Is It Finally Time To Admit That PrEP Has To Be Part Of HIV Prevention?

A new study shows once again that giving people at high-risk for HIV an antiretroviral pill daily cuts their risk of contracting the virus dramatically. In this case, a study of 2,400 Thai drug users over a five-year period found that giving them a once-a-day dose of a tenofovir (marketed in the U.S. as Truvada) cut their chances of becoming HIV positive by 49%.

The study is just the latest in a strong line that shows that the treatment, known as pre-exposure prophylaxis, or PrEP, is a potentially potent weapon in the arsenal of HIV prevention. Previous studies were conducted among gay and bisexual men, heterosexuals, and mothers and children.

“This is an exciting day,” Dr. Jonathan Mermin, director of H.I.V. prevention for the Centers for Disease Control and Prevention in Atlanta told The New York Times. “This culminates a decade of PrEP research.”

The question now is: do pills now become a standard part of HIV prevention strategies? Given the outcomes of the PrEP studies, it’s hard to argue against tenofivir. But, as with all things HIV, the answer may not be that easy. Among the issues that have to be considered:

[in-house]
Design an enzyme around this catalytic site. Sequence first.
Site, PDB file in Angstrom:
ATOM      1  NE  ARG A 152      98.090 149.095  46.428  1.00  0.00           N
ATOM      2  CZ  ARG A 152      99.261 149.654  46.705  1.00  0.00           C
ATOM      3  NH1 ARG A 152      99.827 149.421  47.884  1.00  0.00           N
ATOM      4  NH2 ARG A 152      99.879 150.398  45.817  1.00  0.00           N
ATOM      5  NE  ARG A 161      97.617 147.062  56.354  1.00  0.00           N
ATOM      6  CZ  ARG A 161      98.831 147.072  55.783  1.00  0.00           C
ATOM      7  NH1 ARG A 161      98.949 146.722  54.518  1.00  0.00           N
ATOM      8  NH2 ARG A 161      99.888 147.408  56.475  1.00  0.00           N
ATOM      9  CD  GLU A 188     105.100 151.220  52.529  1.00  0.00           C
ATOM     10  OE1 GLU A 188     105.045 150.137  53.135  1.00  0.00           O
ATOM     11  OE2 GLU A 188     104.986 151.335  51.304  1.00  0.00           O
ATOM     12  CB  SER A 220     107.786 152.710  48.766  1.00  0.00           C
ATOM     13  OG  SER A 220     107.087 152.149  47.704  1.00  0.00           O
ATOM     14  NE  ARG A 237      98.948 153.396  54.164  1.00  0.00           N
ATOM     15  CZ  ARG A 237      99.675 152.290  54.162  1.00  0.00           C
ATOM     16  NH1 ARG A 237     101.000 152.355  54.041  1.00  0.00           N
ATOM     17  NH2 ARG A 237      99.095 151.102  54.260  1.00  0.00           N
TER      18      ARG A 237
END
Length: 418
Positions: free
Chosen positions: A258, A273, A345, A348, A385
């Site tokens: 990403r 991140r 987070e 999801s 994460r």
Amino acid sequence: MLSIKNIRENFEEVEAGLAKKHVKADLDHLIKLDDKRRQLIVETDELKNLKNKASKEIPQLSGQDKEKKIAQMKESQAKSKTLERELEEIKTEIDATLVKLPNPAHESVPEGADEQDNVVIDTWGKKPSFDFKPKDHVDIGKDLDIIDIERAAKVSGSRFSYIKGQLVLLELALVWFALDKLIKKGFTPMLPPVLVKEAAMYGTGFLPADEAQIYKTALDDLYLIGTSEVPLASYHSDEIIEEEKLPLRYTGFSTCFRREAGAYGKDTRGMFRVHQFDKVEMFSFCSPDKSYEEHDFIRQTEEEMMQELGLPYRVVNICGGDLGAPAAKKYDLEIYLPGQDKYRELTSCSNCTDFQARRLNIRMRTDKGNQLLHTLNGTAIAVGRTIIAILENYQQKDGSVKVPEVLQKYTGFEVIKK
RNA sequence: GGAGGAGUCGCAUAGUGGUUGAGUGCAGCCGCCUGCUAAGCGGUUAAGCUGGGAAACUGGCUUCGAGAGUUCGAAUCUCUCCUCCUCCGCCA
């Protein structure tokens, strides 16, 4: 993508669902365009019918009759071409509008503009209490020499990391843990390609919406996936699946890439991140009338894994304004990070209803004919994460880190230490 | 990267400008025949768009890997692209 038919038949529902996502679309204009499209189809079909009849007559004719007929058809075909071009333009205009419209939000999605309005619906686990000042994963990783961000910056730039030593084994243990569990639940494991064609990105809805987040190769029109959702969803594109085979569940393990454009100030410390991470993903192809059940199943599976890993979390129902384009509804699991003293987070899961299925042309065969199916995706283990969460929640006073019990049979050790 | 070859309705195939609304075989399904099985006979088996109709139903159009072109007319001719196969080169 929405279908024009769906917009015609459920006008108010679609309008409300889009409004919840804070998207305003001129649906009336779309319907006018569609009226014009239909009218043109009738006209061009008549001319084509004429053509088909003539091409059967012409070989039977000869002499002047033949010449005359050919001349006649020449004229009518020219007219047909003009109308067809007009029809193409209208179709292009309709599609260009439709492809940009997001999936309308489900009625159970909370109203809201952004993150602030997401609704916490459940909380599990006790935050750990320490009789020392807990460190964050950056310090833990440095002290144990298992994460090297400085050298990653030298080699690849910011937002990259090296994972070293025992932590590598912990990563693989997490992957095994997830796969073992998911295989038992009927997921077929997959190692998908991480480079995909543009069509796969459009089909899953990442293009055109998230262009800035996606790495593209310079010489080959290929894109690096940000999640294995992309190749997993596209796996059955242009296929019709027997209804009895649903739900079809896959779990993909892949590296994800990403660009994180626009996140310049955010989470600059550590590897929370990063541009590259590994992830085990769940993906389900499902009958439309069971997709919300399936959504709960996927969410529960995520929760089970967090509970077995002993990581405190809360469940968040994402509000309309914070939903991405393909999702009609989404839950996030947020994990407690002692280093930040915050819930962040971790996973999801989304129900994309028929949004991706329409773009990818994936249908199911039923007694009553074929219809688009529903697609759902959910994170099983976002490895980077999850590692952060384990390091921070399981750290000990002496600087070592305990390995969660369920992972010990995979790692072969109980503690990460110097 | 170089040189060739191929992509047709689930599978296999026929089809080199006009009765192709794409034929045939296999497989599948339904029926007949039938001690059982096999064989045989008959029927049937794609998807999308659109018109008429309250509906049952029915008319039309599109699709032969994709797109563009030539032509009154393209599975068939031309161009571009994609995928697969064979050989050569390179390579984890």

• How does PrEP fit with existing prevention tactics, like condoms and needle exchanges?
  • How well will patients adhere to the once-a-day regimen?
  • Will certain sub-populations be more open to a pill than others?
  • Will the cost of treatment crowd out government spending on other prevention methods?
  • How can providers ensure that patients don’t see tenofovir as a guarantee against infection?

One thing is clear: tenofovir opens new possibilities for HIV prevention. In that sense, the questions are a nice problem to have.

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  • Rob Moore